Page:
Friday, October 1, 2010

Frequently Asked Questions about Epidural Anesthesia

Epidural anesthesia is the single most popular form of pain relief used during labor and is utilized by more than 50% of woman. The procedure uses multiple doses of local anesthetic administered directly into the epidural space that surrounds the spinal cord to relieve the pain of child birth. There are benefits and disadvantages to this form of pain relief. So, here is a list of frequently asked questions about epidural anesthesia:

 What should an epidural NOT be used?

An epidural should not be administered if you have a low platelet count, use blood thinners, have a blood infection, or are hemorrhaging. An epidural won't be administered before you are 4cm dilated, or if the labor is moving too fast.

 Does an epidural hurt?

The position you have to be in may be uncomfortable, although you don't have to be in it for long. Some women experience some discomfort during the administration of the anesthesia, usually there's a feeling pressure as the catheter is being placed.

 What are the side effect of epidural anesthesia?

The most common side effects observed are  nausea, shivering, ringing in the ears, backache or soreness at injection site, or difficulty urinating.

 How does an epidural affect my labor?

An epidural can cause your labor to slow down, or stop altogether, and may make contractions weaker. If this happens Pitocin may be administered to help speed your labor back up.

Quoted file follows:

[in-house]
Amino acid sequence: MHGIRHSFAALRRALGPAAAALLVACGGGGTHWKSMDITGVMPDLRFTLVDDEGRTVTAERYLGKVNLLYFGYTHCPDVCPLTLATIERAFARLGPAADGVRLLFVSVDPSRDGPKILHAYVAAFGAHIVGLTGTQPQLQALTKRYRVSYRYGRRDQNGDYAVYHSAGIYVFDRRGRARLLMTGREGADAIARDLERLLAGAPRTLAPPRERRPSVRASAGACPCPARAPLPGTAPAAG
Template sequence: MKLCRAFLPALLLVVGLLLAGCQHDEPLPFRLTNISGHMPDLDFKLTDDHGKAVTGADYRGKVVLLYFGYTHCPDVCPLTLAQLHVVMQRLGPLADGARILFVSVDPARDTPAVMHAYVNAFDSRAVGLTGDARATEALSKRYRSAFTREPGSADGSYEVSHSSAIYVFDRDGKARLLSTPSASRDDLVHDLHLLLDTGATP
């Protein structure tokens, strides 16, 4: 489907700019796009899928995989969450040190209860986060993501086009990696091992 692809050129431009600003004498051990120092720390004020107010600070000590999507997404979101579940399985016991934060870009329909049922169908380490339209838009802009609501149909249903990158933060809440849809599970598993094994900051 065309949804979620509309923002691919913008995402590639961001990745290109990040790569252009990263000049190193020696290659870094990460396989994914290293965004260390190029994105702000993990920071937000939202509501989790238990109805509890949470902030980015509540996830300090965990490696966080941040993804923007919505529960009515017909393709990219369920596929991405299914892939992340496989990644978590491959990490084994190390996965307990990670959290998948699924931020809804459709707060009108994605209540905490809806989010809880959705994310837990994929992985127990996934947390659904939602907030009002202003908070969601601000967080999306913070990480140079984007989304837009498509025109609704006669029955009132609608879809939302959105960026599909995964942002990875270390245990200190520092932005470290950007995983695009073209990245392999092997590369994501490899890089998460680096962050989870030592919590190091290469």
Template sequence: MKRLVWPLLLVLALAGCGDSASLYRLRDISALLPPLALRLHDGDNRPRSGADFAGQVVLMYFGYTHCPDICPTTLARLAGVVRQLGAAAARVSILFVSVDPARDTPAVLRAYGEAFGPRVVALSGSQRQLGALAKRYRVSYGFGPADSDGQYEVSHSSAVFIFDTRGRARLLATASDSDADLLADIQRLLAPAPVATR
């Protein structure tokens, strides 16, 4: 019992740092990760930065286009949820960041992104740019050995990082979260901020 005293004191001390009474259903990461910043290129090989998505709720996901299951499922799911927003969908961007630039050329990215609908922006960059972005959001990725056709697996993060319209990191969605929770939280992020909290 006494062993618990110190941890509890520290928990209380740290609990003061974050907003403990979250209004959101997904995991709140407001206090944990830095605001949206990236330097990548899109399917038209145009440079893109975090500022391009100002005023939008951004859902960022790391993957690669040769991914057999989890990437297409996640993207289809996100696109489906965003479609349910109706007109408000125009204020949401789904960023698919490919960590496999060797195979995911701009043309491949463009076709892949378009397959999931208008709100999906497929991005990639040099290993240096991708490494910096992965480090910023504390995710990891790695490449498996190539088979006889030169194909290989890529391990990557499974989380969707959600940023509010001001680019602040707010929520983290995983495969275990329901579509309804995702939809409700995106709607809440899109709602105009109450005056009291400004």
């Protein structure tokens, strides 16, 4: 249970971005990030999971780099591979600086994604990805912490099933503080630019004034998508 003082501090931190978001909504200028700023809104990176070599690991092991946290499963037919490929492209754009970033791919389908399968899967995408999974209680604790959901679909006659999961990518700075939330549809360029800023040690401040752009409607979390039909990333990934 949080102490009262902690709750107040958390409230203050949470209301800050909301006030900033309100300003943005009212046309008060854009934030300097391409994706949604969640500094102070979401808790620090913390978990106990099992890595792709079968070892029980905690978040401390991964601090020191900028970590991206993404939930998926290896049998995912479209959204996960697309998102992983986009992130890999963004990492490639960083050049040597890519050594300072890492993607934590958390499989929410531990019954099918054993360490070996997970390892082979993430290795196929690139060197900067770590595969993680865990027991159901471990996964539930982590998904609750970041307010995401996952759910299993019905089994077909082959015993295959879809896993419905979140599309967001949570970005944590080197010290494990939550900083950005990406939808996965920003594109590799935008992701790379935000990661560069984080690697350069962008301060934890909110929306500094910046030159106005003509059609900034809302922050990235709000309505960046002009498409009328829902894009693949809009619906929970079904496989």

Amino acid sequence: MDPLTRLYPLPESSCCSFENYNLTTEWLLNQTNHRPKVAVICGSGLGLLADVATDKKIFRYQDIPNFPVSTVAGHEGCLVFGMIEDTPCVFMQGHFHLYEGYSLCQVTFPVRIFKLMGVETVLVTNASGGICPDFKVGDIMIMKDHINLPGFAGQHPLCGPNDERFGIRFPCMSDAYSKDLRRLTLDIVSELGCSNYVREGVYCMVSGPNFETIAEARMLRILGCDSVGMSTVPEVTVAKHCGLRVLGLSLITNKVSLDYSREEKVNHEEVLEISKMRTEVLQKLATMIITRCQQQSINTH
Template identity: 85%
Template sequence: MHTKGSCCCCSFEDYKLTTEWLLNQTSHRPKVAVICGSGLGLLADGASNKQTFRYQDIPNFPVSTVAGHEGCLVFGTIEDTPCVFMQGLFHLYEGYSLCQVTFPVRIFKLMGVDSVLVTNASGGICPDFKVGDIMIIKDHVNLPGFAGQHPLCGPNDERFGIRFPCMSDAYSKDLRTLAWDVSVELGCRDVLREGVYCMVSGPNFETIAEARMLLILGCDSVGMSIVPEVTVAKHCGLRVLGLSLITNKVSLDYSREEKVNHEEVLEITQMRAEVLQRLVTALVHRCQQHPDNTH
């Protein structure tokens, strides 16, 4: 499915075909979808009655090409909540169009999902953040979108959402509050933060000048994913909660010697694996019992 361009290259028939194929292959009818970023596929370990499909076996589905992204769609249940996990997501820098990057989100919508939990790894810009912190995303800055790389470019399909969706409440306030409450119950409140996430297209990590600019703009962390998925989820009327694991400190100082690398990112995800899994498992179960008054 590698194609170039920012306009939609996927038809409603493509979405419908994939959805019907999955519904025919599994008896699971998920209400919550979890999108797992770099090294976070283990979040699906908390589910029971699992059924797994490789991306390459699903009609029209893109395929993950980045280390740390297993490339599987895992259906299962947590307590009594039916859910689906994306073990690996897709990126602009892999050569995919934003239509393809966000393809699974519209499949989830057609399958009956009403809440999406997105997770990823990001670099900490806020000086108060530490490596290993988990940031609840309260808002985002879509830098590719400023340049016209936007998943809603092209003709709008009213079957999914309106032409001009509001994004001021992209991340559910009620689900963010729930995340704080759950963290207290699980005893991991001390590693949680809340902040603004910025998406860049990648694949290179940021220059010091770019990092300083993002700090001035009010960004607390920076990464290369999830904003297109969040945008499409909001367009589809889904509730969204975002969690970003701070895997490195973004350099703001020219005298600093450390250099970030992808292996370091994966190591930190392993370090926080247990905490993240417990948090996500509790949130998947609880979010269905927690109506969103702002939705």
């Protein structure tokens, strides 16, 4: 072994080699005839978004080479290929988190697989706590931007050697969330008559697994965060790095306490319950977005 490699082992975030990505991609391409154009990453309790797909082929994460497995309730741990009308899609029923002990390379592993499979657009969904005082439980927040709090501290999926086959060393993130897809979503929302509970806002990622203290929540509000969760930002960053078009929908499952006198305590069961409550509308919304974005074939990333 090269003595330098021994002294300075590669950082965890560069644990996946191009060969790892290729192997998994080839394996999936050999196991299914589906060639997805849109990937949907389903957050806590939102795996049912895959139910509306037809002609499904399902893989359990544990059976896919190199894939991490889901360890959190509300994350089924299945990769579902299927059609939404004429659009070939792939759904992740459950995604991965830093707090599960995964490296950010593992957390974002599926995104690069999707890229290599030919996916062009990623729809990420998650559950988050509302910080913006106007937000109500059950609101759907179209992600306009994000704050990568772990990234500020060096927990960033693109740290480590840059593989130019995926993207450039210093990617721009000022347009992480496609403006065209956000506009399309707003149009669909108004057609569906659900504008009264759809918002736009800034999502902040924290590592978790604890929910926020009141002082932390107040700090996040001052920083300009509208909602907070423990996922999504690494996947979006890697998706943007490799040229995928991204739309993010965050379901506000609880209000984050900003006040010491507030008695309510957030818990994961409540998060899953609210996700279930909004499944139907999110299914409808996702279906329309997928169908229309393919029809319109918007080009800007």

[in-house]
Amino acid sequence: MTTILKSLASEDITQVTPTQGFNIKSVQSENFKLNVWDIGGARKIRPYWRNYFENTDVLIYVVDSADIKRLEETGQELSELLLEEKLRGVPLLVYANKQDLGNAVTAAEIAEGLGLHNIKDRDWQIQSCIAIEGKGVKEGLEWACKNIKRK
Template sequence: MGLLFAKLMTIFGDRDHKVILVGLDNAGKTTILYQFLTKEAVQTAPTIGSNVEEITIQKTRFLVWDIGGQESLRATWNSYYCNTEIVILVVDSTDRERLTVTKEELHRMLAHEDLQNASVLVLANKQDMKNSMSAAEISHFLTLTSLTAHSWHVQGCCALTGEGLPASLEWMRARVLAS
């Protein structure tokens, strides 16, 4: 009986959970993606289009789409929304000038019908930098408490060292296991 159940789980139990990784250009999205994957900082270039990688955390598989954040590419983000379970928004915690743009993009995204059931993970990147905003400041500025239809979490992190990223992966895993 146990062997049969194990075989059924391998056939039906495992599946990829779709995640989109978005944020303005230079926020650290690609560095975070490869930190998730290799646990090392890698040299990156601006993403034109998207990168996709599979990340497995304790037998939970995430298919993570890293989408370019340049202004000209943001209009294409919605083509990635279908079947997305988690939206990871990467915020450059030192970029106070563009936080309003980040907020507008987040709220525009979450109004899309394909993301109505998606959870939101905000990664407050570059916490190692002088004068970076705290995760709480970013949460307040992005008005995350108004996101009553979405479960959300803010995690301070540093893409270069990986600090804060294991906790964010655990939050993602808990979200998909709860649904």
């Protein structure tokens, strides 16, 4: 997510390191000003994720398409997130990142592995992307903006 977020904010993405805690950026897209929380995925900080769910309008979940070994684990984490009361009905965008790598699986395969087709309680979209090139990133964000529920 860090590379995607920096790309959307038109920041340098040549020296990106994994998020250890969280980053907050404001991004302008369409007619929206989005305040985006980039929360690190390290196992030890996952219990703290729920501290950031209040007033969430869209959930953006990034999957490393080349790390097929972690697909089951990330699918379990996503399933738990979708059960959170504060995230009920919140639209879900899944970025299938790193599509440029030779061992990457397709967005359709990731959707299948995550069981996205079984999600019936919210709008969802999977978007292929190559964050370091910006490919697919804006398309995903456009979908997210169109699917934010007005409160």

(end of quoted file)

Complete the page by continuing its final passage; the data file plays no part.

What are the advantages of an epidural?
  • in cesarean sections the use of an epidural is safer than that of general anesthesia.
  • provides great pain relief while the mother remains alert.
  • very little of the medication reaches your baby.
  • allows rest during prolonged labor.
 What are some disadvantages of an epidural? 
  • decreased ability and urge to push.
  • makes you unable to walk or stand while drug is in effect.
  • may cause your blood pressure to drop suddenly.
  • frequently requires the use of a urinary catheter.
 What are the risks to the baby?

Very little of this anesthesia reaches the baby, but some risks-though rare-develop. Including, respiratory depression, short-term irritability, and increased chances of fetal distress.

 What are the risks to me?

The risks associated to the mother include fever and a drop in blood pressure. Also, some women experience a severe headache postbirth or long term backaches.

 Are there other forms of pain relief offered for labor?

Yes, some pain relief options include analgesia, spinal anesthesia, IV or shot, etc. All forms of pain relief during labor offer advantages and risks to both mother and child, so check with your doctor to see what method is best for you.

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